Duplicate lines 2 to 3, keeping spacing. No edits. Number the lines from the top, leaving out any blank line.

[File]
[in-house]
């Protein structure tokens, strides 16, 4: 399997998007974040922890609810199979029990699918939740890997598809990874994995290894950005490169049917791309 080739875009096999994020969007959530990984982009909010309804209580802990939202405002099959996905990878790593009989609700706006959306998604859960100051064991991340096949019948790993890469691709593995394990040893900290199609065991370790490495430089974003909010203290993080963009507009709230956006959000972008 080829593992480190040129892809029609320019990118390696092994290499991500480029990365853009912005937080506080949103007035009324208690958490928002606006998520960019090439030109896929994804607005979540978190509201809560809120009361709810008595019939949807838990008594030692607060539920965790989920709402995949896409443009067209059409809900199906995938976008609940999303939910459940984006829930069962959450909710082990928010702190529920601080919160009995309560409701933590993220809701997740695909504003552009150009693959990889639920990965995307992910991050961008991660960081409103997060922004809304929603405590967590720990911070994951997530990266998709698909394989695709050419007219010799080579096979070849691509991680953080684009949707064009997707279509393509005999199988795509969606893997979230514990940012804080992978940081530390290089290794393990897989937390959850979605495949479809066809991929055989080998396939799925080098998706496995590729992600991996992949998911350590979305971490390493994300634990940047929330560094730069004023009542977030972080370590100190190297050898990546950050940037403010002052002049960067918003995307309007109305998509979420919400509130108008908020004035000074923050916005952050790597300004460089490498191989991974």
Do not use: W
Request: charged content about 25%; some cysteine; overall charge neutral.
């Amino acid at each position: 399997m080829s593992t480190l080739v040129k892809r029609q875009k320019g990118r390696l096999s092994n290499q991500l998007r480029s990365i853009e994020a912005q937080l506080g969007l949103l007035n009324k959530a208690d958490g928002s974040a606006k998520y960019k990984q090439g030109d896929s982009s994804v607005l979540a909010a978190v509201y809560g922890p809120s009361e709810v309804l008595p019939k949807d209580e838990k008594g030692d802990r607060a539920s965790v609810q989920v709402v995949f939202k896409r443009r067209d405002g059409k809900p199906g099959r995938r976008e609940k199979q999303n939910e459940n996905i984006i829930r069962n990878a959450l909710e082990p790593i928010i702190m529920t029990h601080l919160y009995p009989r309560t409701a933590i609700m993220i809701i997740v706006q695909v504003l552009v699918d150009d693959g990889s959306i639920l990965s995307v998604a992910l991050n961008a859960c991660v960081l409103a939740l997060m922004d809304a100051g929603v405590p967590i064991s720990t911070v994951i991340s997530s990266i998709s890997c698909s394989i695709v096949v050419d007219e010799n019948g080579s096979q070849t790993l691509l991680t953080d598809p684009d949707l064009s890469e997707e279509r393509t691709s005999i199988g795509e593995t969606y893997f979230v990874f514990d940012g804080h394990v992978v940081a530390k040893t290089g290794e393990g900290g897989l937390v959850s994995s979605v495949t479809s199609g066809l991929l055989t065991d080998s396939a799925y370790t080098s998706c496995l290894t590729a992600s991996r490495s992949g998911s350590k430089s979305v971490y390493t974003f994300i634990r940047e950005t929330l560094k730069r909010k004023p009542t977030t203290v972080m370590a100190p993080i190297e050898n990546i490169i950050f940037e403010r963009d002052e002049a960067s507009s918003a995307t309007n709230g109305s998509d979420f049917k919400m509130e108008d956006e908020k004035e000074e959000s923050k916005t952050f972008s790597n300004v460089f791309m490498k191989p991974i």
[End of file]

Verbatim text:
């Protein structure tokens, strides 16, 4: 399997998007974040922890609810199979029990699918939740890997598809990874994995290894950005490169049917791309 080739875009096999994020969007959530990984982009909010309804209580802990939202405002099959996905990878790593009989609700706006959306998604859960100051064991991340096949019948790993890469691709593995394990040893900290199609065991370790490495430089974003909010203290993080963009507009709230956006959000972008 080829593992480190040129892809029609320019990118390696092994290499991500480029990365853009912005937080506080949103007035009324208690958490928002606006998520960019090439030109896929994804607005979540978190509201809560809120009361709810008595019939949807838990008594030692607060539920965790989920709402995949896409443009067209059409809900199906995938976008609940999303939910459940984006829930069962959450909710082990928010702190529920601080919160009995309560409701933590993220809701997740695909504003552009150009693959990889639920990965995307992910991050961008991660960081409103997060922004809304929603405590967590720990911070994951997530990266998709698909394989695709050419007219010799080579096979070849691509991680953080684009949707064009997707279509393509005999199988795509969606893997979230514990940012804080992978940081530390290089290794393990897989937390959850979605495949479809066809991929055989080998396939799925080098998706496995590729992600991996992949998911350590979305971490390493994300634990940047929330560094730069004023009542977030972080370590100190190297050898990546950050940037403010002052002049960067918003995307309007109305998509979420919400509130108008908020004035000074923050916005952050790597300004460089490498191989991974």
Do not use: W